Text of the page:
Born in Miamisburg, Ohio, Z. T. Miller (1847-1913) entered the Union army at age 15 as a musician early in the American Civil War. Becoming attached to the 61st Ohio Volunteer Infantry Regiment, he participated in training at Camp Chase in Columbus, Ohio; in the Virginia theater of war in places such as Moorefield, Fairfax Court House, Stafford Court, Fredericksburg, and Chancellorsville; in the march towards Gettysburg; and in the Atlanta campaign. For a time during the war, Miller was a clerk for General Carl Schurz. After the war, Miller became a telegraph operator, working in Dayton, Ohio and then Cleveland, Ohio. In 1873, he married Katherine (Kate) King. Embarking upon a medical career, Miller received homeopathic medical training in the New York Medical College and the Philadelphia Medical College. He worked for more than 30 years as a homeopathic physician in Pittsburgh, Pennsylvania, where he was part of the faculty of the school of applied design at Carnegie Institute of Technology. (Source: Newspaper obituary of Z. T. Miller, Helen King Boyer Collection: Box 11 Folder 3, Georgetown University Library, Special Collections Division).
Artist and designer Louise Rive-King Miller Boyer (1890-1976), was born in Pittsburgh, Pennsylvania, on October 30, 1890, the daughter of Z. T. Miller and Katherine (King) Miller. Painting as early as age seven, she eventually received a Bachelor of Arts from Carnegie Institute of Technology in 1913. On January 22, 1914, she married architect Ernest Wilson Boyer, with whom she had two children: Boeing engineer Taylor Miller Boyer and artist Helen King Boyer. In 1918, Louise worked as a screenwriter for Metro Pictures Corporation in New York City. She became a free lance designer and graphic artist. Her work was preserved in the Metropolitan Museum of Art, the Carnegie Institute, the Nelson-Atkins Museum in Kansas City, and the Library of Congress, among other places. She was a member of the Society of American Graphic Artists and the Associated Artists of Pittsburgh and served as a trustee for the Charles and Martin Leisser Fund. Louise M. Boyer died on December 6, 1976, at age 86. (Sources: "Who's Who of American Women," and "Who Was Who in American Art.")
Architect Ernest W. Boyer (1885-1949) was a native of Tamaqua, Pennsylvania. He became associated with the Carnegie Institute of Technology and the Pittsburgh Board of Education. He planned and designed many buildings in the region of Pittsburgh, including the South Hills Country Club and his former home in Brentwood. In addition, he designed some structures in other parts of the country. Of note, Boyer designed the Pennsylvania Building at the Panama-Pacific Exposition in San Francisco in 1914. He was for a long time secretary of the Pittsburgh Architectural Club and member of the American Institute of Architects. Ernest W. Boyer died at age 64 in 1949. [Sources: Obituary, Pittsburgh "Sun-Telegraph," 18 April 1949 (Boyer Collection: Box 7 Folder 32), Obituary, Pittsburgh "Free Press," 18 April 1949 (Boyer Collection: Box 11 Folder 29)].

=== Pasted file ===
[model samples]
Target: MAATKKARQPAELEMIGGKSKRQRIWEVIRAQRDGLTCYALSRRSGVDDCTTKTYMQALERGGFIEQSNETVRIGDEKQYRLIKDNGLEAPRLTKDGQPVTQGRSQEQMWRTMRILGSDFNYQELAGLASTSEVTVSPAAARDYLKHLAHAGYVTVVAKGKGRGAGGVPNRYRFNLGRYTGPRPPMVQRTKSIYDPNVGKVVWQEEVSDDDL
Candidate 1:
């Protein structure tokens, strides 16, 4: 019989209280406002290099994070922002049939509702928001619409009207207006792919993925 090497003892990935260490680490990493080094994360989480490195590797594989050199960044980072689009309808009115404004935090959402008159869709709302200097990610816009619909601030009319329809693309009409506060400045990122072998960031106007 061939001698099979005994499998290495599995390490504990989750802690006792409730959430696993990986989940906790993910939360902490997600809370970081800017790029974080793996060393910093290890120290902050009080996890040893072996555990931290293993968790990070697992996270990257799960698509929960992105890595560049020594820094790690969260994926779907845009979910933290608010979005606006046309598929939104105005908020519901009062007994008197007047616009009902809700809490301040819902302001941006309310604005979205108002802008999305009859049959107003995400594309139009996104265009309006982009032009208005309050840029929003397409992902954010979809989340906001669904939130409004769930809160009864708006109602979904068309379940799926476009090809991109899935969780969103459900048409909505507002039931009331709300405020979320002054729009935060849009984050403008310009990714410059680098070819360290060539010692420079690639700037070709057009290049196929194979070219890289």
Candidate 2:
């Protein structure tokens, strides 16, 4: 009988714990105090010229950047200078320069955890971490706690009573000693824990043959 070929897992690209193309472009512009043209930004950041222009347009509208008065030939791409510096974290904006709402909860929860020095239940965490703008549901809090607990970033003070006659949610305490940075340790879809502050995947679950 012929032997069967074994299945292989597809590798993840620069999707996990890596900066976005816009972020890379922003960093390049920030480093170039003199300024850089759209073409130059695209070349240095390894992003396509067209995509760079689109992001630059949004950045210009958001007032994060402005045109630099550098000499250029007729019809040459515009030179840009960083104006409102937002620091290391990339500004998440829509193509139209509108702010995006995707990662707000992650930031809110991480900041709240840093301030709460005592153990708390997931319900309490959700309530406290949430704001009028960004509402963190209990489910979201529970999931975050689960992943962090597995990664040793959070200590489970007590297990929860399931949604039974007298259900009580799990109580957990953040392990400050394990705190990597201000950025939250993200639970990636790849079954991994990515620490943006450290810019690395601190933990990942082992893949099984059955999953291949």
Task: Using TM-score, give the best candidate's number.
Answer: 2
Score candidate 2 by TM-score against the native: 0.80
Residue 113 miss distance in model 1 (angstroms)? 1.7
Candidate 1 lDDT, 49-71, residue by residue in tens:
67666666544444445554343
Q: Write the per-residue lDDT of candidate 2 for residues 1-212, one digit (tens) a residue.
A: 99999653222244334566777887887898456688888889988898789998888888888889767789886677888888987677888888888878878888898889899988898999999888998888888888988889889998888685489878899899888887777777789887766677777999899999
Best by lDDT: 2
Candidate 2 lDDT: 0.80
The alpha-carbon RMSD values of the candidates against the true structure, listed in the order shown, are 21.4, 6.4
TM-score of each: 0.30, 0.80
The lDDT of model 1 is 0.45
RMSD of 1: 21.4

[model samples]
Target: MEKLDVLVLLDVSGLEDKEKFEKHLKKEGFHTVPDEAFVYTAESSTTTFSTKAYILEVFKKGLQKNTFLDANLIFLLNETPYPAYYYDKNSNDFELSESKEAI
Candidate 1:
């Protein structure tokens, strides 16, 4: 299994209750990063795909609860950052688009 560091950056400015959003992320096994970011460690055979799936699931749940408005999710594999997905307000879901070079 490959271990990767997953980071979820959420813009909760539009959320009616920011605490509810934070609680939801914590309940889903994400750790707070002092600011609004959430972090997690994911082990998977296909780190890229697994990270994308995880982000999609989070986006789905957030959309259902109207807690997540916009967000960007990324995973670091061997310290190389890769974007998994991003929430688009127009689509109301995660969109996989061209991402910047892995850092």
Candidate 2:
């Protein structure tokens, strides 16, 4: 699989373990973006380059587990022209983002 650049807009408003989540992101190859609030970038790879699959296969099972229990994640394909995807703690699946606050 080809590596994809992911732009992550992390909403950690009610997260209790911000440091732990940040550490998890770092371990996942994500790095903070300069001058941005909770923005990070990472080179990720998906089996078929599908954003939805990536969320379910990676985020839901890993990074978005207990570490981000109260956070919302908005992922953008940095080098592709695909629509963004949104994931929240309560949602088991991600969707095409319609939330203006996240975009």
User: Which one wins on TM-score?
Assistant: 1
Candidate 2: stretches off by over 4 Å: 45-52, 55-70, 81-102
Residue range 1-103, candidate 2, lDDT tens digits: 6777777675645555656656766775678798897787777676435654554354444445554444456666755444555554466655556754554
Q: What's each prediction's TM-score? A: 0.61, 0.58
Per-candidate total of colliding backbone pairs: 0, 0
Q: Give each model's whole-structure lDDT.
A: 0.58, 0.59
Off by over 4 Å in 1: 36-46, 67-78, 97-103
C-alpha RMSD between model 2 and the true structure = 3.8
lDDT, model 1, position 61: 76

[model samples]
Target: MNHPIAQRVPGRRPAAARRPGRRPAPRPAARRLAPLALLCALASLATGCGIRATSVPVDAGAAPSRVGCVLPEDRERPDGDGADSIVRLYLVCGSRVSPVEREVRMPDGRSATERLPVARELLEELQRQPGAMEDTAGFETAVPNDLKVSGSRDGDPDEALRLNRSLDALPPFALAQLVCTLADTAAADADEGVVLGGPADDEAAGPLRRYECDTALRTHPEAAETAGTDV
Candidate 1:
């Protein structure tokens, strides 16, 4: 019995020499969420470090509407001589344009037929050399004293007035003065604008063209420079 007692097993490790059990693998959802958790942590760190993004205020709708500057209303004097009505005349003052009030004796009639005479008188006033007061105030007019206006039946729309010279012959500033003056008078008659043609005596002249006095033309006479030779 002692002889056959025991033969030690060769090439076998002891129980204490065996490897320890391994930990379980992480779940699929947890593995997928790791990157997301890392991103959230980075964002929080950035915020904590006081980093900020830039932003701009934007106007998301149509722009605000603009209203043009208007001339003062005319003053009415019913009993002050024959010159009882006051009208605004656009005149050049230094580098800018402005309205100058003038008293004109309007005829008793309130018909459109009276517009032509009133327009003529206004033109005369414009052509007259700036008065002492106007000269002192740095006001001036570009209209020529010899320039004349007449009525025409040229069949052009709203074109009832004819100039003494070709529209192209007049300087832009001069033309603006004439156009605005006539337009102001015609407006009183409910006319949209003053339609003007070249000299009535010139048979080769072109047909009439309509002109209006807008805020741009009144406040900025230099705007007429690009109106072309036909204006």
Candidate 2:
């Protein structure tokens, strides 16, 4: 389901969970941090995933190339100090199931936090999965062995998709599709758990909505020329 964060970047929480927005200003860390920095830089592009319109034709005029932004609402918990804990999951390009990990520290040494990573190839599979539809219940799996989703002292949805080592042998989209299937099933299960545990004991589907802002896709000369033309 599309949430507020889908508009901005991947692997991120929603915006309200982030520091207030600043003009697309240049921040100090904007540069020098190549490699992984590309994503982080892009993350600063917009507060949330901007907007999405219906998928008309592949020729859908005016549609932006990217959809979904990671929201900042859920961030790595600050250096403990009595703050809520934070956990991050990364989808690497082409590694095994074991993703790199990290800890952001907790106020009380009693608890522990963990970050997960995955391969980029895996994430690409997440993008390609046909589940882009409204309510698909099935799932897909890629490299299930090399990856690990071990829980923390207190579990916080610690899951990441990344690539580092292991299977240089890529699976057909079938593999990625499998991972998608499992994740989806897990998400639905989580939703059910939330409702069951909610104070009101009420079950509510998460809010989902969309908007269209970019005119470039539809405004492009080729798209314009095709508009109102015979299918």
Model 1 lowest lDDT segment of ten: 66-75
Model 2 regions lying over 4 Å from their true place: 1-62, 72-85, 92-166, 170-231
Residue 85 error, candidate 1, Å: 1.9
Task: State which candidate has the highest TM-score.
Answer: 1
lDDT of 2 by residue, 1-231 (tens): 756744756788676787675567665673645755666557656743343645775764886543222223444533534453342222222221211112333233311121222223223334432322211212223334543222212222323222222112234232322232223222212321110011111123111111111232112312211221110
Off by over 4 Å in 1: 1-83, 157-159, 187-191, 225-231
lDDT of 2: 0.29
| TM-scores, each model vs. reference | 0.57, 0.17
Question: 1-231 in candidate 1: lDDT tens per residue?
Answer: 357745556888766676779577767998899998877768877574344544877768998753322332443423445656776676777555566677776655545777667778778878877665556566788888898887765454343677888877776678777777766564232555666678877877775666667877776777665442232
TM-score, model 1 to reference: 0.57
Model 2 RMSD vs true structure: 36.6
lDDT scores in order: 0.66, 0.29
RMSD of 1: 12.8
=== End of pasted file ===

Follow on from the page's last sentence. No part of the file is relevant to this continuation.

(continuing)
American concert pianist, teacher, and composer, Julie Rive-King (1854-1937) was born on October 30, 1854, in Cincinnati, Ohio. After receiving primary instruction from her mother, she studied with William Mason in New York and then with Reinecke in Leipzig. For a time she studied with Liszt. At her American debut on April 24, 1875, she performed Liszt's Piano Concerto No. 1 with the New York Philharmonic. A prolific musician, she gave some 4000 concerts and taught piano at Bush Conservatory in Chicago from 1905 to 1936. She married Frank King of Milwaukee, Wisconsin in 1876. Her piano pieces include "Impromptu," "Polonaise Heroique," and "Bubbling Springs." Julie Rive-King died on July 24, 1937. [Sources: "Baker's Biographical Dictionary of Musicians," 8th ed. (New York: Macmillan, 1992), p. 1520, M. Petteys, "Julie Rive-King: American Pianist" (Ph.D. Diss., Univ. of Missouri, 1987), "American National Biography." 24 vols. (New York: Oxford U. Press, 1999), p. 562-563.]
Nathaniel B. Boileau (1763-1850), public official, attorney, radical Jeffersonian, and farmer, was born in Moreland Township in the part of Philadelphia County that is now Montgomery County, Pennsylvania. His father, Isaac Billew, owned land in the vicinity of Hatboro. In 1781, upon turning age 18, Nathaniel volunteered for a Philadelphia County militia group, serving until the defeat of Cornwallis. He graduated from Princeton College. After studying law and being admitted to the bar, Boileau practiced law in Montgomery County. He won a seat in the Pennsylvania House in 1797 and served there off and on throughout the first decade of the 1800s, eventually becoming speaker. His 1807 bid for election as a U.S. Senator failed. In 1808, 1811, and 1814, he was named Secretary of the Commonwealth of Pennsylvania, but his candidacy for the state's governorship failed in 1817. [Source: Woodward, Ruth L., and Craven, Wesley Frank. "Princetonians: 1784-1970, A Biographical Dictionary" (Princeton U. Press, 1991), p. 335-349].
Artist and designer Helen King Boyer (b. 1919), daughter of Ernest W. Boyer and Louise Rive-King (Miller) Boyer was born in Pittsburgh, Pennsylvania, where she was educated privately in fine arts and crafts. From 1943 to 1945, she worked for the advertising-art department of the Pittsburgh "Sun-Telegraph." From 1949 to 1954, she was a freelance designer. For decades thereafter she designed home patterns, toys, and art, and her works are represented in many permanent collections, including the Pennell Fund, the Library of Congress, the Carnegie Museum, the Metropolitan Museum of Art, the Georgetown University Fine Prints Collection, and the Nelson-Atkins Museum in Kansas City. She has been a member of numerous art organizations and the recipient of many art prizes.